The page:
Cultivating ways of knowing for transformations
The basic assumption of western schoolarization and academia is that we are individuals (body and mind) who "appear" in an unconscious universe, made of inert matter and devoid of meaning. This belief promotes individualistic and materialistic attitudes that objectify life and are inculcated across the globe through neo-colonial institutions and dynamics such as school, university, government, market, etc.
Global environmental change, inequality and the other existential crises in which we are trapped are rooted in the hegemony of individualistic materialism and the monoculture of knowledge that justifies it. Addressing these crises involves decolonising the mind by cultivating in each person a diversity of ways of being and knowing, but... How can we decolonise ourselves? The good news is that outside the dominant Western culture there are still thousands of ways of being and knowing that assume a meaningful and relational universe in which the material world is only a useful, but not absolute, way of perceiving. These cultures can be a source of inspiration. The bad news is that these alternatives are rapidly disappearing or are subjected to dominant practices and discourses that silence, extract, domesticate or oppress marginalised and alternative voices.
Decolonisation begins with recognising the materialistic and individualistic beliefs in ourselves, but that is only a first step. The real work consists of unlearning and undoing the monoculture fields that we have labored, through habit and repetition, deep within ourselves. In this series of videos, we will discuss experiences in Latin America that can inspire or guide processes to unlearn and undo monocultural practices rooted within us, and to learn to cultivate a truly plural and transformative base for ways of knowing.
Using “cultivation" as a metaphor, this project will bring together four virtual conversations; their content and themes will be co-constructed and re-signified by those collaborating in the project. The proposed themes are:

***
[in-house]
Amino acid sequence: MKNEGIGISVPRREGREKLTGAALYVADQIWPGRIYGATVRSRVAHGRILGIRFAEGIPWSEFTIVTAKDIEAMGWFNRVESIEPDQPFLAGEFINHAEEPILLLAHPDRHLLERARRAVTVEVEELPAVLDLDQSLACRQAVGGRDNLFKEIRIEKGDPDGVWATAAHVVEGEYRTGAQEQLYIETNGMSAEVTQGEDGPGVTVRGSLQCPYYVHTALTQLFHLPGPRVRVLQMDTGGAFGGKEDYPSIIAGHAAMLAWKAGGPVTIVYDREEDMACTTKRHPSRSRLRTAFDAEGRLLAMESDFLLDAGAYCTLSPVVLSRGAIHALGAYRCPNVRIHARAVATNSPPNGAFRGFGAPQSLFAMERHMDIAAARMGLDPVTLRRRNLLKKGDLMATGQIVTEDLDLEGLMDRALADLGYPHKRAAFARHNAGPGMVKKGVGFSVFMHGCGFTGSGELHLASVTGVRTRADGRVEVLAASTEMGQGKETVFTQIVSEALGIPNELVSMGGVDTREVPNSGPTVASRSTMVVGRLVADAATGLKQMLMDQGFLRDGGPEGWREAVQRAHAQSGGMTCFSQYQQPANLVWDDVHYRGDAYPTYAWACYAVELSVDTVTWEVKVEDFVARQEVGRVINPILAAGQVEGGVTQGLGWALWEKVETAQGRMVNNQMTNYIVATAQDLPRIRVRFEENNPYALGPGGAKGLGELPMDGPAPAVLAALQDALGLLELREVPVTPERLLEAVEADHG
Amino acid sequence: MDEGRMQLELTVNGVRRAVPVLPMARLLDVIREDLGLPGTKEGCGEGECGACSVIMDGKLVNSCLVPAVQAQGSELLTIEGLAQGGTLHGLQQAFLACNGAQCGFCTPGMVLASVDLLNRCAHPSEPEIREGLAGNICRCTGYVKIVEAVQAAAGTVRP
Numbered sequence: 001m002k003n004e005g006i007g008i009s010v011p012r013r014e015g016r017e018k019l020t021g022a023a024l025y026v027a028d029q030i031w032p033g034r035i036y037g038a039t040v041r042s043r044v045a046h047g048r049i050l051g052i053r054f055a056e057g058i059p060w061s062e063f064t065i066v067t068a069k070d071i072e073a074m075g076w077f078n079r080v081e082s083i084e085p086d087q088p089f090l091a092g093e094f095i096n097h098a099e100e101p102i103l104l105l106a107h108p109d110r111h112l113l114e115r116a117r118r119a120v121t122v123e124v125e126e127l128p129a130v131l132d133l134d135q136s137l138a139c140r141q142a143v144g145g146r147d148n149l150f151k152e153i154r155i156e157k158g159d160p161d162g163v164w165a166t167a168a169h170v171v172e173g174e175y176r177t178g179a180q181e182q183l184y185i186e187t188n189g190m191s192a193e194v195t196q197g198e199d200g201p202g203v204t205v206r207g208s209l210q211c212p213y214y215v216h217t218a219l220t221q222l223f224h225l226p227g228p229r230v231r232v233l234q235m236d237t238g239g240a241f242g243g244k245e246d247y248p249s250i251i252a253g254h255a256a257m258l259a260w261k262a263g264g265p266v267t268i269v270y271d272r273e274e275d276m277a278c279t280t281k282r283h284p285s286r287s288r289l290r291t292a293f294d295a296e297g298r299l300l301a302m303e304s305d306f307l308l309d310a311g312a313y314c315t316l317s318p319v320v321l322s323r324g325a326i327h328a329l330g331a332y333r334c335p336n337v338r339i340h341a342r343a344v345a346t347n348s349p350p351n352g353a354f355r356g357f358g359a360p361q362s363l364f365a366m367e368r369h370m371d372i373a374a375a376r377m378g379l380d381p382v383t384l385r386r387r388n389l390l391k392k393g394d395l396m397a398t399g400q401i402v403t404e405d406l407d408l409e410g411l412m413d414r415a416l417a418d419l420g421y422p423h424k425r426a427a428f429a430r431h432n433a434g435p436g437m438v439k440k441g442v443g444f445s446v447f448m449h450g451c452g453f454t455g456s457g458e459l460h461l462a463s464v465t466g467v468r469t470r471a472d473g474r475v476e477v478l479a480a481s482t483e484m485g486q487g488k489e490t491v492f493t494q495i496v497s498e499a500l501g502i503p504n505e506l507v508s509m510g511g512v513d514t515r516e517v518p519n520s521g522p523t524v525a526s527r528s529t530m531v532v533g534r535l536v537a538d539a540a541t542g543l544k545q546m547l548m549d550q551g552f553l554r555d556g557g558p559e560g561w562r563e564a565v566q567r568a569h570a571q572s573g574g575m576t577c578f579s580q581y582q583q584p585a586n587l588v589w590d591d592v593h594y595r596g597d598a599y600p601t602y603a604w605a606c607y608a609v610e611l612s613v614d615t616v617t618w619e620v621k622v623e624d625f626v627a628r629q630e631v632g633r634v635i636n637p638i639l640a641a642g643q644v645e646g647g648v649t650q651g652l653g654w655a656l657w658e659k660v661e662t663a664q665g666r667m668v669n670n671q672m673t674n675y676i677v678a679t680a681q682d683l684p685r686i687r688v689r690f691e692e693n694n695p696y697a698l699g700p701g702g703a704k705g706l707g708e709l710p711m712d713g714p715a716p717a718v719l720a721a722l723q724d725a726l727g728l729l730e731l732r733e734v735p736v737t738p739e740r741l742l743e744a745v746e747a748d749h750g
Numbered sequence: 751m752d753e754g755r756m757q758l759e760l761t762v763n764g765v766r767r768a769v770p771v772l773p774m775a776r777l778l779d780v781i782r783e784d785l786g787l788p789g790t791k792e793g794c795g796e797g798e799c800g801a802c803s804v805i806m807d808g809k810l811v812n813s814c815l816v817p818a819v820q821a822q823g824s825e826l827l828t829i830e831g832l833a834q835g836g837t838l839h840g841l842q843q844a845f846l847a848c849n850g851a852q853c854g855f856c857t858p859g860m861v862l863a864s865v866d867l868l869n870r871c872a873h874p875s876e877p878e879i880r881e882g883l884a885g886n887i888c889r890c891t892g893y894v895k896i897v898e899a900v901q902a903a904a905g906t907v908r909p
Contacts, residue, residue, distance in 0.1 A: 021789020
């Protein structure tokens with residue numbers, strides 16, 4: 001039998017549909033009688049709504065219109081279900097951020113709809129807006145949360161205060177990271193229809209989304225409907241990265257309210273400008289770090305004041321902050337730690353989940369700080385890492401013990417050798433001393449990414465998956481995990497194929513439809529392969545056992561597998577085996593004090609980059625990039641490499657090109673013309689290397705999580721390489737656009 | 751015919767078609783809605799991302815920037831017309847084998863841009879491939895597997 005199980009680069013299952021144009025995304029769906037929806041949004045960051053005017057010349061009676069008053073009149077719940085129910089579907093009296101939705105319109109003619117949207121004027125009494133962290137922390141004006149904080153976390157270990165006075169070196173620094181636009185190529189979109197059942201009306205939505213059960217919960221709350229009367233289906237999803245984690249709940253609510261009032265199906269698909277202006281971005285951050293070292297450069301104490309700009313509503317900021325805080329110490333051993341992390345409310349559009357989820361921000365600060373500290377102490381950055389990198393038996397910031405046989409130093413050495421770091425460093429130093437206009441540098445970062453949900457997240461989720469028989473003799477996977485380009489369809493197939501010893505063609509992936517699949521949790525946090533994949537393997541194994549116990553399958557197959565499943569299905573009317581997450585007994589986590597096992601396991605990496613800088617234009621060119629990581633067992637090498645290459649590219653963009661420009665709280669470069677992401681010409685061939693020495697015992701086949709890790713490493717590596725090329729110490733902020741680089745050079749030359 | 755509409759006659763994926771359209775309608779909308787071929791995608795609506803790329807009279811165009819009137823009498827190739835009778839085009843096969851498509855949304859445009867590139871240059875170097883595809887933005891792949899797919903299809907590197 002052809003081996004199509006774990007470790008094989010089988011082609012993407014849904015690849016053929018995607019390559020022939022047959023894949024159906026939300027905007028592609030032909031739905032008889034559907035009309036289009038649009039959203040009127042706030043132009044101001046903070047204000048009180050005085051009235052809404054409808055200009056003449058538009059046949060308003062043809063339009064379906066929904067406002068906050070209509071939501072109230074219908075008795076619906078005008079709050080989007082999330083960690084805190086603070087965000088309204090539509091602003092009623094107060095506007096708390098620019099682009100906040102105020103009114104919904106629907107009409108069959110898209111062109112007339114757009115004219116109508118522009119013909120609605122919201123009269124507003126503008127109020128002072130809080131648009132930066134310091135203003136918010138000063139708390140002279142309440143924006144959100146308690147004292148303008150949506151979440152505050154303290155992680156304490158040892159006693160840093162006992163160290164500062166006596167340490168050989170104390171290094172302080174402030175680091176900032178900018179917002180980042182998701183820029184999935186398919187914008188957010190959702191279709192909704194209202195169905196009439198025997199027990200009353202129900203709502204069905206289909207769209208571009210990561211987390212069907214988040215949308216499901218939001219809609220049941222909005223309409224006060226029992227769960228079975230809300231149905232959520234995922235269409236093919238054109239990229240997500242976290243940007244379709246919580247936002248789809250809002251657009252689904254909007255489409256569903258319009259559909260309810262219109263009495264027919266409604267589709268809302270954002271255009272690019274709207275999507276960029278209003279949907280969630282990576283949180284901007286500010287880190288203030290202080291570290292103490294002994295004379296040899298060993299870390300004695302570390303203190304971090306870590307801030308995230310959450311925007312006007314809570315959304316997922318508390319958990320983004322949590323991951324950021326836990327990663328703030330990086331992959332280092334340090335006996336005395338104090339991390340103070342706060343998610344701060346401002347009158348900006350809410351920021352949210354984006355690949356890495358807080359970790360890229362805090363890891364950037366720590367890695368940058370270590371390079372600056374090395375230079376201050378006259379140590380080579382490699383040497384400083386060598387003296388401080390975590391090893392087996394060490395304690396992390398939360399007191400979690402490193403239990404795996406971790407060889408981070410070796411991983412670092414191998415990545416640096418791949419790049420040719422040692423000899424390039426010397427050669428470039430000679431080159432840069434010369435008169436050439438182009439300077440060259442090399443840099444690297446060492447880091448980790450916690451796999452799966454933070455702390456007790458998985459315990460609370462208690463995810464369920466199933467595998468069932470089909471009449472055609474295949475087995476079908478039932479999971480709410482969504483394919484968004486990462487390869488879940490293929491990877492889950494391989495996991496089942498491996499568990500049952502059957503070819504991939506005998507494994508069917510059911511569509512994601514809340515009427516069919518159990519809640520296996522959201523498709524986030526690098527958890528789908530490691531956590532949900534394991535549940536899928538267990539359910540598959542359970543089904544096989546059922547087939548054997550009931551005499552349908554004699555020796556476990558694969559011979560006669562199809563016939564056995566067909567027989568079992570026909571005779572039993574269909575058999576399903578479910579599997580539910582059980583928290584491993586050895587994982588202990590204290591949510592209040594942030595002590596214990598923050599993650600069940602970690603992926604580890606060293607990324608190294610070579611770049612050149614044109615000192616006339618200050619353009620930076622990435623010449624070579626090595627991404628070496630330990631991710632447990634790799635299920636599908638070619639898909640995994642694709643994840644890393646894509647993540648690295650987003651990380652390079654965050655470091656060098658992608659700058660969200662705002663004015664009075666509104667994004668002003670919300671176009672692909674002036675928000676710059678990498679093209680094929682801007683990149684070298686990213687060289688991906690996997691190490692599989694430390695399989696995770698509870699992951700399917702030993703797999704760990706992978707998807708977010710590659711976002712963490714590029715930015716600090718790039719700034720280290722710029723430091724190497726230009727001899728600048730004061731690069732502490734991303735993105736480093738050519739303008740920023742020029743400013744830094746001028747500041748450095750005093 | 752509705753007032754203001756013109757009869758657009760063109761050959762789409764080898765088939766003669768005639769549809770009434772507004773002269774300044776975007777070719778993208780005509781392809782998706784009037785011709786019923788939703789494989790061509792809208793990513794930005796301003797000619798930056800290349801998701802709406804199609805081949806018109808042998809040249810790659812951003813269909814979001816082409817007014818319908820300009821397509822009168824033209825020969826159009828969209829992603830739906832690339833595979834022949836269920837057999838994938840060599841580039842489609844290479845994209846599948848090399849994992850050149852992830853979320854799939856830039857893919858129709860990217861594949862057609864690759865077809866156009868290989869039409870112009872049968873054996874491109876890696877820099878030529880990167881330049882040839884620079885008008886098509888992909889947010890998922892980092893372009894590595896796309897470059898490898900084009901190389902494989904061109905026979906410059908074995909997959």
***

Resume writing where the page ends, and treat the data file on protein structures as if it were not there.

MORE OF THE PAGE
Conversatory 2 - The sowing of shared dreams
“The sowing of shared dreams” emerges from the idea of polyculture, where we converse and live in plurality, diversity, and dialogue based on difference. In polyculture, not only the harvests are more diverse and the soils richer, but through differences, we acknowledge ourselves and enrich our sense of communality: I am with you and you with me, but no one ceases to be who one is.
In this second conversatory we talk about what can be, without limitations, without mental ties, looking towards the emptiness that we can occupy, what are also called utopias. Some like Enrico, Loni, Tania and Mirna have embarked on the task of transit from Utopias as dreams to Utopias as processes, from “what would be if…?”, to fill their hands with soil, tilling Utopias day by day, and making them bloom.
And of course, neither dreams nor utopias nor communality are an easy process; there may be stones in the way, soils may be badly eroded, and conditions may not be conducive to seed germination. "It's crazy - some say - without agrochemicals you won't make this land produce!" How many times have we not heard this? But those who venture into these crops have learned to live with the frosts, with the pests, with the lack of water and with too much sun.
Adding company, combining and articulating different ways of knowing and questioning our beliefs and values allows us to meet those for whom, we are the Others and vice versa. Transforming the soil to make something grow where others said nothing would grow, requires changes in oneself and these changes are not necessarily comfortable, in fact, if they are profound, true transformations almost by nature have to generate discomfort. But when we transform these profound changes into underground bridges and share them, we transcend the otherness and create a new identity.